40 Years

Elizabeth Reed, Senior Associate Dean, DUE

[Editors note: This is an excerpt from Elizabeth Reed’s remarks at her May 27 Retirement Party.  She is retiring after 40 years at MIT. Her last day is June 30, 2014. Good luck Elizabeth, we will miss you!]

I am sure you all know Gloria Steinem's most quoted line "This is what 40 looks like." May 14, 2014 was my 40 year anniversary at MIT and this is what 40 looks like to me.

40 years in one organization, one profession (more or less) and at one address look like this: a room filled with many of my dearest friends, de facto siblings and some who are what New Yorker magazine calls “familiar strangers”- people I see regularly at MIT to whom I feel a connection though we may not know each other by name.

This is the community where I've grown up, which has helped me grow, challenged and inspired me, cheered me on and cheered me up, and where I learned how hard and how rewarding it is to build and be a community, an office and a team. Many of you have seen me do things less well than I wanted to and succeed at things I didn’t know I had it in me to do.

Of course MIT has changed a lot since I began. How could it not in 40 years? In some ways my MIT career feels like it’s moved with the speed of light.  May 1974 became May 2014 and now I am about to become “institutional memory.”

This means when I walk down the Infinite Corridor, I picture Bob Silbey coming from a 1996 Task Force on Student Life and Learning meeting, stopping to spiritedly describe the book he planned to write on “the neuroses of the MIT faculty.” It means I recall pausing to summon up my sense of self, before entering a room where I was usually the only woman and often the only non-faculty on an Institute task force or working group. It means I still hear the distinctive voices of Constantine Simonides, Shirley McBay, Bill Dickson, Jim Culliton, Chuck Vest, and Bob Weatherall (my first boss known to some of you as “the English man with a bowtie”) and other MIT figures from the past. It means that every January 28 on the anniversary of the launch of the Space Shuttle Challenger’s 10th mission, I remember signing up MIT grad Ronald McNair for an on-campus recruiting interview with NASA in 1976.  As some of you know, Ron and six other NASA crew members died in that launch.

But despite all the changes, there has been continuity of the most meaningful kind. You have been that continuity.

I often say MIT has been my third parent. In fact that is almost literally true. This community has been a shaping influence longer than my father who died when I was 31. Like a good parent, it has made me feel valued, provided essential life lessons, and shaped my standards and values. It also put me through graduate school, provided healthcare, food on the table and the 401K that enables me to retire. And I met my life partner Jan here and had the opportunity to know him first through the eyes of students who often provide the best litmus test of character. Here at MIT I found fertile ground where I have been able to thrive and use my mind and heart every day.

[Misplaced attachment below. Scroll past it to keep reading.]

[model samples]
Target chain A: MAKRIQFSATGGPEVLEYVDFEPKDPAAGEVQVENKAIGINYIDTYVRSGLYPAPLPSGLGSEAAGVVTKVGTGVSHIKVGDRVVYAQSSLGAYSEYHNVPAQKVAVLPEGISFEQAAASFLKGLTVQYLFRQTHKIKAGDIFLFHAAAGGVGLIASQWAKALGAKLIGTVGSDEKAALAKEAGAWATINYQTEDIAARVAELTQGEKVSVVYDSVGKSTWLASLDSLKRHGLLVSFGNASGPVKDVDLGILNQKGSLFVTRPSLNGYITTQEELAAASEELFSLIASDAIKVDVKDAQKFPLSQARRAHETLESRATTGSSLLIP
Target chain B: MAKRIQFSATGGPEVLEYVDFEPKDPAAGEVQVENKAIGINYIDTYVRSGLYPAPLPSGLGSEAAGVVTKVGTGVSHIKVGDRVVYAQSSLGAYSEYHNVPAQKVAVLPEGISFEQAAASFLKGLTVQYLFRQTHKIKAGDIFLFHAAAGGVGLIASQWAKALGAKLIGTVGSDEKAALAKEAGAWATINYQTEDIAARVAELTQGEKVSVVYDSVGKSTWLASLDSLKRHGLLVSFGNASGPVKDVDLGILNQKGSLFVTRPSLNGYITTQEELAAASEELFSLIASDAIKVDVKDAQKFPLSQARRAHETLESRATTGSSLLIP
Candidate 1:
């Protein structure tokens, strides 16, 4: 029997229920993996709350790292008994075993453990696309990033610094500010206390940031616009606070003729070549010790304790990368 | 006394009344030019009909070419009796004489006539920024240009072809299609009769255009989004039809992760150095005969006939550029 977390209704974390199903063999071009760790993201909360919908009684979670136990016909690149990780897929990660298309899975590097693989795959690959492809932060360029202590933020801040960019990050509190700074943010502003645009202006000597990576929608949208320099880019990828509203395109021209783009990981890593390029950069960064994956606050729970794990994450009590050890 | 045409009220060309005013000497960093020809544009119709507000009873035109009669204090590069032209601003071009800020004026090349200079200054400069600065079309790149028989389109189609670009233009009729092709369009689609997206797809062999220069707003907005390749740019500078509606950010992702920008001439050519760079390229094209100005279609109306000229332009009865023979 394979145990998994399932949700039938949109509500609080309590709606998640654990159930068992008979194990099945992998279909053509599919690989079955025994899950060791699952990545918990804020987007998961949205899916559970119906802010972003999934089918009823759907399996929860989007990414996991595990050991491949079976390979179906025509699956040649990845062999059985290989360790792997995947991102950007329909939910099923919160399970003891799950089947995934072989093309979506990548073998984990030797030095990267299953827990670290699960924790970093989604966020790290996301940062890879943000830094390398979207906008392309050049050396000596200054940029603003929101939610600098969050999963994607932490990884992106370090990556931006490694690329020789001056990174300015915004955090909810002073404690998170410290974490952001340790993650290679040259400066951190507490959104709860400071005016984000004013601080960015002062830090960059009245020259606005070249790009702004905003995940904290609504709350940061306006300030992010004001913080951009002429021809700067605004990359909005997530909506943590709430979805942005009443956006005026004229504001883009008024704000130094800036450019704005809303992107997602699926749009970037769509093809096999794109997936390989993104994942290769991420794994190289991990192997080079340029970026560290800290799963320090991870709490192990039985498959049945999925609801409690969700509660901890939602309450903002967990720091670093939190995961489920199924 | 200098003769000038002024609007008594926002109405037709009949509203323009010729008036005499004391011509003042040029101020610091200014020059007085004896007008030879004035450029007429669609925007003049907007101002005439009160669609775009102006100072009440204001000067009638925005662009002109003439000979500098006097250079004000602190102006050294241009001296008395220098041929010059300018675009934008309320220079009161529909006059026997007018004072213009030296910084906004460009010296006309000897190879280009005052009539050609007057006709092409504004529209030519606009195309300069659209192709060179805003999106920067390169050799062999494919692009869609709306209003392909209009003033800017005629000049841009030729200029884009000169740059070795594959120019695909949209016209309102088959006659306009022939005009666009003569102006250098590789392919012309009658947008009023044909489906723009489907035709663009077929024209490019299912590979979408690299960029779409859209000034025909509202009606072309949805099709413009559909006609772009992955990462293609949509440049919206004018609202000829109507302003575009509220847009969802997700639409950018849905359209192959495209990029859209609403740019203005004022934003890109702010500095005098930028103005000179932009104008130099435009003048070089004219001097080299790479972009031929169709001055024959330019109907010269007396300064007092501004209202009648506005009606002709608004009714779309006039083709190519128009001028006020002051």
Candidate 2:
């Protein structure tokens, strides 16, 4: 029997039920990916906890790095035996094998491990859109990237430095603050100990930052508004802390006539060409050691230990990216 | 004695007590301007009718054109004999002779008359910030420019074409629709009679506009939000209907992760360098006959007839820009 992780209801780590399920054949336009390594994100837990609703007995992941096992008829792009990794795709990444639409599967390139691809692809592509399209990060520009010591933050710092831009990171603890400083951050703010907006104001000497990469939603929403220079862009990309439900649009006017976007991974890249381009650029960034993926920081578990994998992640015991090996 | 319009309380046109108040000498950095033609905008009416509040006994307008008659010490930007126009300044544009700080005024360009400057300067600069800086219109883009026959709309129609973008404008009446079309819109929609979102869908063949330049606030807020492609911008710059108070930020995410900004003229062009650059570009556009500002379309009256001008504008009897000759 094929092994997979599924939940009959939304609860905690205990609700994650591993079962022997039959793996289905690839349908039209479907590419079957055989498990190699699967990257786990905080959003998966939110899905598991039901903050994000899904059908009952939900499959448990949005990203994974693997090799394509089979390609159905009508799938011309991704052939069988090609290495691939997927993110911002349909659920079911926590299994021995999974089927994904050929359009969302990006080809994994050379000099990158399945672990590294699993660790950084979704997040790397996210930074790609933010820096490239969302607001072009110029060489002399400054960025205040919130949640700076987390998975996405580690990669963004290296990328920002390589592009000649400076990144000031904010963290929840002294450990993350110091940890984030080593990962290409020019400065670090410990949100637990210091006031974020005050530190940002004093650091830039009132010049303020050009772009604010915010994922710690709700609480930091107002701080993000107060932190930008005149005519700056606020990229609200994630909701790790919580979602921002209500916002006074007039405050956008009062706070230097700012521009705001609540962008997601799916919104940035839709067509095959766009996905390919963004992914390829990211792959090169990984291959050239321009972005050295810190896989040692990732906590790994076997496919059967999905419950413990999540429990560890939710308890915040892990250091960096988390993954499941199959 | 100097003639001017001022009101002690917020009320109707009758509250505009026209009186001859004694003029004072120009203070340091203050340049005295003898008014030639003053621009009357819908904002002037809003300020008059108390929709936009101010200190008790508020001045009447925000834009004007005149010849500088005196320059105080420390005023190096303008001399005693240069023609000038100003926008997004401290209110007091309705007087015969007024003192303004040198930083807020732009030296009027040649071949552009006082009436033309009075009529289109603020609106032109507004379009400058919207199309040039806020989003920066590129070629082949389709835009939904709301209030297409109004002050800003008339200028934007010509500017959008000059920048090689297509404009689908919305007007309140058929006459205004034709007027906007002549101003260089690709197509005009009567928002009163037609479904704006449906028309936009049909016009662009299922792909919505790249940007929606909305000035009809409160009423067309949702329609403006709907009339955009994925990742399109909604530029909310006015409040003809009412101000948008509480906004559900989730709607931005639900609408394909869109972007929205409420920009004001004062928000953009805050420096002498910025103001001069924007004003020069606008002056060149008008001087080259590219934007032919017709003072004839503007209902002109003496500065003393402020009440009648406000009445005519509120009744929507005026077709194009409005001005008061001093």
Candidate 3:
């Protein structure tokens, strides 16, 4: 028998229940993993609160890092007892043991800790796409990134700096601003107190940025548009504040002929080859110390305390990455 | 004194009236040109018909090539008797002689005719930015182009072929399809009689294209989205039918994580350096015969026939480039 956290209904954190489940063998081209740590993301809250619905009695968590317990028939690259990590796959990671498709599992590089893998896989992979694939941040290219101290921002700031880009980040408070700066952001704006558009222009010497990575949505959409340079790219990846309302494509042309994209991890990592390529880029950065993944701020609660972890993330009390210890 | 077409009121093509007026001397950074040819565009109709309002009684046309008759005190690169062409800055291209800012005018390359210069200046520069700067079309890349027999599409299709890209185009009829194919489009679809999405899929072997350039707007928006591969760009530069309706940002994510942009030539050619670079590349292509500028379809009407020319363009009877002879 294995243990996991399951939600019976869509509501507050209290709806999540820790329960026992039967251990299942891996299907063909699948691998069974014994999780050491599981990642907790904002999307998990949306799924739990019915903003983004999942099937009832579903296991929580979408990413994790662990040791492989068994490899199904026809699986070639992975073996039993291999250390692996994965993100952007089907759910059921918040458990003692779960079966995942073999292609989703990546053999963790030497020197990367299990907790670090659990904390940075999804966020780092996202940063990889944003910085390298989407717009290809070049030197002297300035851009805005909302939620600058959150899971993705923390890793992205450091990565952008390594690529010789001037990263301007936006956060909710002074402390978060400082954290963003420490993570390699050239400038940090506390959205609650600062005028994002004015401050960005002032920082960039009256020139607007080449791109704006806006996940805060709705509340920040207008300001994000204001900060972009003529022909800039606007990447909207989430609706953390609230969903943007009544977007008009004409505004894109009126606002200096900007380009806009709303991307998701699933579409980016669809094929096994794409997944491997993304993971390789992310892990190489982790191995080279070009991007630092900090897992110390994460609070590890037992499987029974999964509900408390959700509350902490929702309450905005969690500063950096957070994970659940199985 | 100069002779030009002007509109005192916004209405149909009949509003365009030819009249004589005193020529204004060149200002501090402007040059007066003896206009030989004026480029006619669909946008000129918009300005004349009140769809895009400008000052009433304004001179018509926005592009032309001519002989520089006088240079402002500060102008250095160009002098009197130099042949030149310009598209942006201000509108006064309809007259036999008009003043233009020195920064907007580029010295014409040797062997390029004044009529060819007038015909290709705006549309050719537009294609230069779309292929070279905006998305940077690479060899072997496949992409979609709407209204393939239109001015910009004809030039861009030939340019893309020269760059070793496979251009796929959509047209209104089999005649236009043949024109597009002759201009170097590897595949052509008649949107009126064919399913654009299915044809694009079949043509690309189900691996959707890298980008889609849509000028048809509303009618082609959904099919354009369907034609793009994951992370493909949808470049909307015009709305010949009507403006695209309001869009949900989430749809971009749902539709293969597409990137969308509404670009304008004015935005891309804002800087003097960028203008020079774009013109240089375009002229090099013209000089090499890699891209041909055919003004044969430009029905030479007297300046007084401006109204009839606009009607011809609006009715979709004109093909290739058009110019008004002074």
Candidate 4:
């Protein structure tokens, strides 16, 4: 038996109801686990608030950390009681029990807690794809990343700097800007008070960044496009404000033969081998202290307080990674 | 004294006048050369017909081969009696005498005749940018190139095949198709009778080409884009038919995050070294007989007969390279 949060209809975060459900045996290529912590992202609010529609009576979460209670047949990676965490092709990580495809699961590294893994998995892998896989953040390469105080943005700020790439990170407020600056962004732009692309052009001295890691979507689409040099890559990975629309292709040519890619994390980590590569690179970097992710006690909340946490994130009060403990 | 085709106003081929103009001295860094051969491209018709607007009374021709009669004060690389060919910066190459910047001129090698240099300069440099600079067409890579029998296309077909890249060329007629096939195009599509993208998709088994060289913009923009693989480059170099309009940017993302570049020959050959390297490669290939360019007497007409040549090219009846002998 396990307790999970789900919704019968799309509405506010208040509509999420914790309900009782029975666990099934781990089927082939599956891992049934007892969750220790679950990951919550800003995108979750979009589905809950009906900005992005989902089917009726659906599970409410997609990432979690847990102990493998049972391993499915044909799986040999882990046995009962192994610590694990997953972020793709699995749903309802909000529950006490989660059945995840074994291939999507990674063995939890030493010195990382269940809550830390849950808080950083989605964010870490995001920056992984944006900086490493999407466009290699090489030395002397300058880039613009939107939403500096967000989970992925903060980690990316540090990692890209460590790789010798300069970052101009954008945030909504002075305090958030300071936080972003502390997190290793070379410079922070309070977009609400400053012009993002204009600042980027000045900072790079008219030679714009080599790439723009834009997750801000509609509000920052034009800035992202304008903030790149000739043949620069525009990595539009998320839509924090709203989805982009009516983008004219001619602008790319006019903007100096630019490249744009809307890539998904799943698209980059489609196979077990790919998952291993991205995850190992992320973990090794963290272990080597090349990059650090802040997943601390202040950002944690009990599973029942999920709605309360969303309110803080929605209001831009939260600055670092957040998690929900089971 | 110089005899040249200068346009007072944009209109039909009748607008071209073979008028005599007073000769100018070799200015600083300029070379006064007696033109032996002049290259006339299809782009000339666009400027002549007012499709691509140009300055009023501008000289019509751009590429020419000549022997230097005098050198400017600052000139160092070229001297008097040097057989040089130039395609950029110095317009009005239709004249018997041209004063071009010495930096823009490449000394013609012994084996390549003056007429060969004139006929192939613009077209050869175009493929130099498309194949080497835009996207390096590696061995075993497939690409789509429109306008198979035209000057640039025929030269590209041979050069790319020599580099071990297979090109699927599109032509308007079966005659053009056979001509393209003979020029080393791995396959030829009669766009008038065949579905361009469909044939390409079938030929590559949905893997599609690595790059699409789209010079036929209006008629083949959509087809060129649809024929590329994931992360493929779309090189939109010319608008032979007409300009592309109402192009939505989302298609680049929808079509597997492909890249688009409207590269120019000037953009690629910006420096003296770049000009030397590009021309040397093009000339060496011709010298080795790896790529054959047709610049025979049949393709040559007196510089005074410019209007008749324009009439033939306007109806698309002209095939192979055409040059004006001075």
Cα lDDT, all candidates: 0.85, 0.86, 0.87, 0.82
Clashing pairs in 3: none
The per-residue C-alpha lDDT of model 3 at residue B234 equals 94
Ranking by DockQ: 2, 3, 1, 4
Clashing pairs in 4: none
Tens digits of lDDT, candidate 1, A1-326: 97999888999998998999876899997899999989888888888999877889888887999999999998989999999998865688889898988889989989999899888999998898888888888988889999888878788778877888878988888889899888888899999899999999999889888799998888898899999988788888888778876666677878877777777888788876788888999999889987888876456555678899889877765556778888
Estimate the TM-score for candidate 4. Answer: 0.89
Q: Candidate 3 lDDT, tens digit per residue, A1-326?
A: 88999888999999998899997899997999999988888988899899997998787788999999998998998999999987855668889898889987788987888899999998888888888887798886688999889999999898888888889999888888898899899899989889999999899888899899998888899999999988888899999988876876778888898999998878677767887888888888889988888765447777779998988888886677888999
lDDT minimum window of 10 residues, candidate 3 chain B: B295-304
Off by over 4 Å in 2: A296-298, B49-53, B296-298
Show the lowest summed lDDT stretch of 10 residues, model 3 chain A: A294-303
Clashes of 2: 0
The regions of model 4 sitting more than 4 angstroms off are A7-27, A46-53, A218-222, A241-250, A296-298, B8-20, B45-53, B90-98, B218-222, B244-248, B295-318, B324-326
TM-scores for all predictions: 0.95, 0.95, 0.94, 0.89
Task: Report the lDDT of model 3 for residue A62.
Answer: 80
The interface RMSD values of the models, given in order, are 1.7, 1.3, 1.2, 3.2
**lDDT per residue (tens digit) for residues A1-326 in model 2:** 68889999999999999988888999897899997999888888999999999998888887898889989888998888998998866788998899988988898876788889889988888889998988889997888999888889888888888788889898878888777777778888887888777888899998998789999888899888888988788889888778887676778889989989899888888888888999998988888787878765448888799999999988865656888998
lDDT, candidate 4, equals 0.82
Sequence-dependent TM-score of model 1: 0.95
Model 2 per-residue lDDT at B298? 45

Transitions are complicated. That’s why as I am about to retire (regroup, as my husband calls it) I move back and forth between elation and sadness.   MIT is a very hard place to leave.  I tried to leave several times. But the strong gravitational pull of great colleagues, great bosses and students, the continual learning curve of MIT; its intensity, idiosyncrasies and rigor kept me here and inspired me to reinvest each time. 

The work itself has been so rewarding, especially the opportunities to improve for MIT students and alumni some of the experiences which had been so hard when I was a college student and recent graduate years earlier. Later it was something else, expressed in this quote which Jeanne Hillery gave me: "There are two ways of spreading light: to be the candle or the mirror that reflects it." The joy and purpose of recent career chapters have been in trying to be the mirror that reflects the light, by supporting and enabling students, alumni, the deans and other colleagues to do their best work in ways I so admire and respect.

As June 30 draws near, I am continually asked “So, what are you going to do?” As someone who has been doing for the past 40 years, I want to make no plans.  Quite honestly, I crave the wide margins of which Thoreau wrote. 

But there is also the feeling of being uprooted, of a seismic shift and the jolt of leaving people and a community I treasure. Only when I realized how deeply I had internalized the relationships, and certain values and characteristics of MIT, could I decide to go explore and find out what is down the road not (yet) taken.

As usual, this year I made New Year’s resolutions. This year there was just one from a line by the poet Tom Herron: “Help me to be in the world for no purpose at all except for the joy of sunlight and rain. Keep me close to the edge, where everything wild begins." These words of my 2014 New Year’s resolution express what I am going to try to do now: Live this way.   Thank you for everything.